We’re proud of these Tillman Scholars for continuing to make an impact on their communities. Read on to see how they continue to lead through action.
Jennifer Esparza has started a new position as the White House Liason at the U.S. Department of Veteran Affairs.
While applying to law school, the country and Corps heard news of the “Marines United” scandal. In response, she and three other women veterans formed a coalition to support victims and advocate for the betterment of women still serving in the Marine Corps. The organization continues to thrive and serves in a capacity to assist in accountability.
The former Staff Sergeant has turned difficult moments into fuel for positive change. She found expanded ways to continue her service, eager to give voice to those also in need of advocates. This goal was fortified while interning with the defense team for a Guantanamo detainee. In earning her law degree, she plans to continue defending human rights and working to serve justly those facing capital punishment, while still defending the Constitution with honor, courage and commitment.
Kim Shaughnessy-Granger was appointed as one of four new members to the Alumni Board of Directors at Villanova University.
In 2011, while she was stationed in Okinawa, the Great East Japan Earthquake unleashed a savage tsunami. A thousand miles south of the epicenter, Kim’s mettle was tested as she and her team successfully managed 100 pregnant evacuees and family members; coordinating their care, delivering their babies, and facilitating their return to the United States. “There was so much devastation, sadness, and fear,” said Kim. “Being able to ease the burden and anxiety for these military families who experienced this tragedy was one of the proudest moments of my career.”
Still on active duty, Kim is pursuing her Doctor of Nursing Practice, planning to utilize this, along with her expertise in women’s health, to effect change in women’s health policy in order to improve services and reduce disparities across the military, and through partnerships with the Veterans’ Administration.
Matt Miclette was announced as a member of the Bush Institute’s 2022 Stand-To Veteran Leadership Program Class.
While serving at WRAMC and Walter Reed National Military Medical Center, Matt often received patients within five days of their initial injuries, most from Afghanistan, and witnessed up close the tragedy of war. Of the five quadruple amputee patients injured during the wars in Iraq and Afghanistan, three have been his patients. As debilitating as the physical injuries were, Matt learned it was the invisible injuries that were often most overlooked and particularly challenging for those in his care.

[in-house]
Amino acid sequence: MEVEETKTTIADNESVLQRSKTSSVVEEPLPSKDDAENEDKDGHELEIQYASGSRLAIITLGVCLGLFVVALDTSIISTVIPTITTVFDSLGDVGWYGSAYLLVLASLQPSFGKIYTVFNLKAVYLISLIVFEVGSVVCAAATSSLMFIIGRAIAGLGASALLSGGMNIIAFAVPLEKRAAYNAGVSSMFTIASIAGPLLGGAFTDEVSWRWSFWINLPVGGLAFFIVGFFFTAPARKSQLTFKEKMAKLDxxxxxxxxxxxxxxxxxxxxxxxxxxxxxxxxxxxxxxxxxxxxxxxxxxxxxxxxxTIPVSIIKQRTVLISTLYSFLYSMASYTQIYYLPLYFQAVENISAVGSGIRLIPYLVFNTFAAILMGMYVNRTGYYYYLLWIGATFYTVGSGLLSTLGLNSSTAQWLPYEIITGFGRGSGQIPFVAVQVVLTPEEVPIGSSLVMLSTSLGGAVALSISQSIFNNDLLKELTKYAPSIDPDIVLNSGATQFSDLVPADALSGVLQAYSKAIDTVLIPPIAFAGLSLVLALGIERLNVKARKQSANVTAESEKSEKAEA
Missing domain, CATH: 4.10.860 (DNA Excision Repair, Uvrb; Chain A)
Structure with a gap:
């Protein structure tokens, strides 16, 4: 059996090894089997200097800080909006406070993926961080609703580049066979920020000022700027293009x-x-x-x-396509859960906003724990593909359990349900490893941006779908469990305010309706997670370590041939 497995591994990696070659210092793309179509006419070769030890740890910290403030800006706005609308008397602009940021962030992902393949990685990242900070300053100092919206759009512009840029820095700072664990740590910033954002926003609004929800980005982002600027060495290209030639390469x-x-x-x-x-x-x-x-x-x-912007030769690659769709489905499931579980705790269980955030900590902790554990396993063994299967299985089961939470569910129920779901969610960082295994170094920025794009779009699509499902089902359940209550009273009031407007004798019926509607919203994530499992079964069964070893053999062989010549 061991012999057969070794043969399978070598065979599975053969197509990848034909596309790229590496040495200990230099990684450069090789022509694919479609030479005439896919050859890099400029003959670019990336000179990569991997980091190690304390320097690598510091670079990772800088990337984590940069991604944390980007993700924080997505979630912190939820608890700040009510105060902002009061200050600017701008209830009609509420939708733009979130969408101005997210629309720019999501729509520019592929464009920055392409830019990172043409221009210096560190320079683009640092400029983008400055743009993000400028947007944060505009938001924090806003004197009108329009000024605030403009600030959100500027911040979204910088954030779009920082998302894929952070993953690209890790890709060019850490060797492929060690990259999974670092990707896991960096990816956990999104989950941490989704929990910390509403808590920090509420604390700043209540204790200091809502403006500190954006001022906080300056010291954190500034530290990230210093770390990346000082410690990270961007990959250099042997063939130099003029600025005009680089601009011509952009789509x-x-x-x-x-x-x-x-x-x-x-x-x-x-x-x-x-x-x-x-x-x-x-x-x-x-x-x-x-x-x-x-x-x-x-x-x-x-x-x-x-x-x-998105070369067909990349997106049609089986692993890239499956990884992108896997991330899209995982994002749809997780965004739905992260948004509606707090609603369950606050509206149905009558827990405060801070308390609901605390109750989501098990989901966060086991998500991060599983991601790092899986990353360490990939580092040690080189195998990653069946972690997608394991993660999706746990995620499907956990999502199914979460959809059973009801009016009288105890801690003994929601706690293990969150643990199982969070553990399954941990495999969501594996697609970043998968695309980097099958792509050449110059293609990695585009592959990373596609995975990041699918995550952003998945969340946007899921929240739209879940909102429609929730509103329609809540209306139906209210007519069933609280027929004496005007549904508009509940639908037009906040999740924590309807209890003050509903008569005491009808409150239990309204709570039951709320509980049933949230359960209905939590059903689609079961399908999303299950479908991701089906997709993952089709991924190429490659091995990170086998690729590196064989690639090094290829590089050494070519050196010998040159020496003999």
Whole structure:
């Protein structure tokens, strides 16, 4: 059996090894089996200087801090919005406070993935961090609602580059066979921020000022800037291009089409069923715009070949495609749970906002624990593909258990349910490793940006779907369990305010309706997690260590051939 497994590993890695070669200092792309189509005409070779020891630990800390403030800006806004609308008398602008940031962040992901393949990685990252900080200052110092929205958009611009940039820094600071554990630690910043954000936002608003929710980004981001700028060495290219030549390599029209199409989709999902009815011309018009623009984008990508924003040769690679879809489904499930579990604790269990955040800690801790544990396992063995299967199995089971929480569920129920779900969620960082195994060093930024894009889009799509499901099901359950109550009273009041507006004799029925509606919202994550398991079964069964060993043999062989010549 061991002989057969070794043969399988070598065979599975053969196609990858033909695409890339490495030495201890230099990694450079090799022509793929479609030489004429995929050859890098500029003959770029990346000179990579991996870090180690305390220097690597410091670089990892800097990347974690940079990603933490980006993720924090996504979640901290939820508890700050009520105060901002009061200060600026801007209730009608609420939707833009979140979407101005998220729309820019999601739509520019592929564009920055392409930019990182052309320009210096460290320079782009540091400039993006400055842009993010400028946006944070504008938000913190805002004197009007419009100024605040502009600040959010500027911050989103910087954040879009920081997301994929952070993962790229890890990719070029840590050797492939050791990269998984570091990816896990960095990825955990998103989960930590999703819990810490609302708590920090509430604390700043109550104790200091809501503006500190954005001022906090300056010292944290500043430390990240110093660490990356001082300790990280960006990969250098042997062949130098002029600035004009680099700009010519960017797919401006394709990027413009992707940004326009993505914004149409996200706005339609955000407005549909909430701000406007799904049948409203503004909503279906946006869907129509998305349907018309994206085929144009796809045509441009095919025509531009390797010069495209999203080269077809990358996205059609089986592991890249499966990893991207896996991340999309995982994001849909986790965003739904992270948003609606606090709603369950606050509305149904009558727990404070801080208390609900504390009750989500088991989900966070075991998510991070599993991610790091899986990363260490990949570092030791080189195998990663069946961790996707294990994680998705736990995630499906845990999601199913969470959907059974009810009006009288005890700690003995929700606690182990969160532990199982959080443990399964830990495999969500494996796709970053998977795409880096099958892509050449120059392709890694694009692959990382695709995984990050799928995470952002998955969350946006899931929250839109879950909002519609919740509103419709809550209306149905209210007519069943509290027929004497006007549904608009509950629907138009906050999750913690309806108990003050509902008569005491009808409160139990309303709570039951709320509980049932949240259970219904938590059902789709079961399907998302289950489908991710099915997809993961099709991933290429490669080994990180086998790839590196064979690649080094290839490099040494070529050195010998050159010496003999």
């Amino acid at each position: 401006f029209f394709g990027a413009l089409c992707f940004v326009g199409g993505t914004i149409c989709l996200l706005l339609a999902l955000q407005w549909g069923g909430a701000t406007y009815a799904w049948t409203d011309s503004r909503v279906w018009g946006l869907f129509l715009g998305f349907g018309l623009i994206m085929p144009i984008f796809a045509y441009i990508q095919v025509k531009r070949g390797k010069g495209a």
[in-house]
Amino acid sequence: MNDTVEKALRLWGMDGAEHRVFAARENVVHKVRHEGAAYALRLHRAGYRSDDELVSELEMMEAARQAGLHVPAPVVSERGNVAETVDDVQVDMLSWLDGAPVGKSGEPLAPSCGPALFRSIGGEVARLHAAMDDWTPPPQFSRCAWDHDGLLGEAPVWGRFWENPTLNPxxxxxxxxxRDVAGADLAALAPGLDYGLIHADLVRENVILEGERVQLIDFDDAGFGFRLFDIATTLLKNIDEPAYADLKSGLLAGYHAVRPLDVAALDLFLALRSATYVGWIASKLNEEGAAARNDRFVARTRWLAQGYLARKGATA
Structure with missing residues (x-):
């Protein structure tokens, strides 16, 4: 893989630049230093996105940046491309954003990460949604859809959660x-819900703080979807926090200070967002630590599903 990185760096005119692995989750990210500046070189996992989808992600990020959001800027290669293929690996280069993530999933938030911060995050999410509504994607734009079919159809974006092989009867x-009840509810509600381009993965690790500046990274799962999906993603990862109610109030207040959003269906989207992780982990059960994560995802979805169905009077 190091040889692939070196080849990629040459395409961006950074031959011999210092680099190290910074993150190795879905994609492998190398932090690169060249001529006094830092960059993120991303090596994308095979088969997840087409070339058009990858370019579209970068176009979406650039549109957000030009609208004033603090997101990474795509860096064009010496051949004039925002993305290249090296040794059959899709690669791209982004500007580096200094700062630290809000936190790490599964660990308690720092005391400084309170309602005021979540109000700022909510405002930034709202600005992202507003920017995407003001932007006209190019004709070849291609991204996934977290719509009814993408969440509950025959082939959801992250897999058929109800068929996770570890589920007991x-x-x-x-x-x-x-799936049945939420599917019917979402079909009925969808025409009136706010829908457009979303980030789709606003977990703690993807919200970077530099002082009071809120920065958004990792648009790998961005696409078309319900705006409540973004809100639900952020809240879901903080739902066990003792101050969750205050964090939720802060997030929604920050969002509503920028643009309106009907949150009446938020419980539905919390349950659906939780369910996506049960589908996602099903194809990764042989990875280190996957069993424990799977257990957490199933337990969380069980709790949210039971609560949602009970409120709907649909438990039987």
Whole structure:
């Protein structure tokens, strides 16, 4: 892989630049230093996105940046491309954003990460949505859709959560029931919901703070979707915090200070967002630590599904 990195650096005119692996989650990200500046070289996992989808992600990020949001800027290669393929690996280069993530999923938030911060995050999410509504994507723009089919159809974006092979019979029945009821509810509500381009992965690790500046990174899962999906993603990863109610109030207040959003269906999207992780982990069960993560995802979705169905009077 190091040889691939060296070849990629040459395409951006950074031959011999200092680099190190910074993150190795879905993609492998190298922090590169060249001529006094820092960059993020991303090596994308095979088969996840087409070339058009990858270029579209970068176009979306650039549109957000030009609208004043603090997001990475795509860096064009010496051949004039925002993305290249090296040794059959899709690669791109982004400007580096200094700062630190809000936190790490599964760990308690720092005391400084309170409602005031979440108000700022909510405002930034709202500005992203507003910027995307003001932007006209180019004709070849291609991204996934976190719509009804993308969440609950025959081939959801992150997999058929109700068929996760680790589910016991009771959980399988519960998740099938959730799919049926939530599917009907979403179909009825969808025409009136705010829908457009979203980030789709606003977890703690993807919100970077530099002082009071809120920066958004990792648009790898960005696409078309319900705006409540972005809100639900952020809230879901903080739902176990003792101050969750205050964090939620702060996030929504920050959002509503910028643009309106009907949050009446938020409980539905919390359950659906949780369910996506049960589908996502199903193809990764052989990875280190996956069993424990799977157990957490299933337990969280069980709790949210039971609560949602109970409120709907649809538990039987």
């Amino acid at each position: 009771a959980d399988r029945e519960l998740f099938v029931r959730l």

In 2013, he began the next phase of his career as a behavioral health nurse, working with patients suffering from PTSD. Now, with his Master of Public Health (MPH) and Master of Science in Social Policy (MSSP), Matt is leading clinical initiatives at NeuroFlow working with organizations such as Stop Soldier Suicide, Wounded Warrior Project, US Naval Academy, and US Air Force. Matt is also leading the implementing the evidence-based integrated behavioral health models, such as psychiatric collaborative care, into major health systems across the country.
Safi Rauf presented a TedTalk on his time in a Taliban prison
In 2016, Safi moved to Virginia to attend college and enlist in the U.S. Navy Reserves as a corpsman. Safi is currently assigned to the Expeditionary Medical Facility Bethesda’s Naval Reserve unit, where he performs duties as a medical assistant to physicians and supports in the medical readiness of 80 patients per month for more than 2,800 reservists. In April 2020, Safi mobilized to New York City to staff the military’s makeshift hospital at the Javits Center.
Concurrently, Safi is a pre-medical student at Georgetown University, studying human science and is the president of the Georgetown University Student Veterans Association. Safi works as a research assistant for an ongoing clinical trial through Georgetown University Medical Center’s Department of Family Medicine. Upon graduating in 2021, Safi aspires to attend medical school, continue his military service and ultimately become a surgeon. Safi seeks to provide healthcare services to disadvantaged communities, ensuring everyone, regardless of their background, has access to affordable, quality healthcare. Safi is fluent in Farsi, Dari, Pashto and Urdu.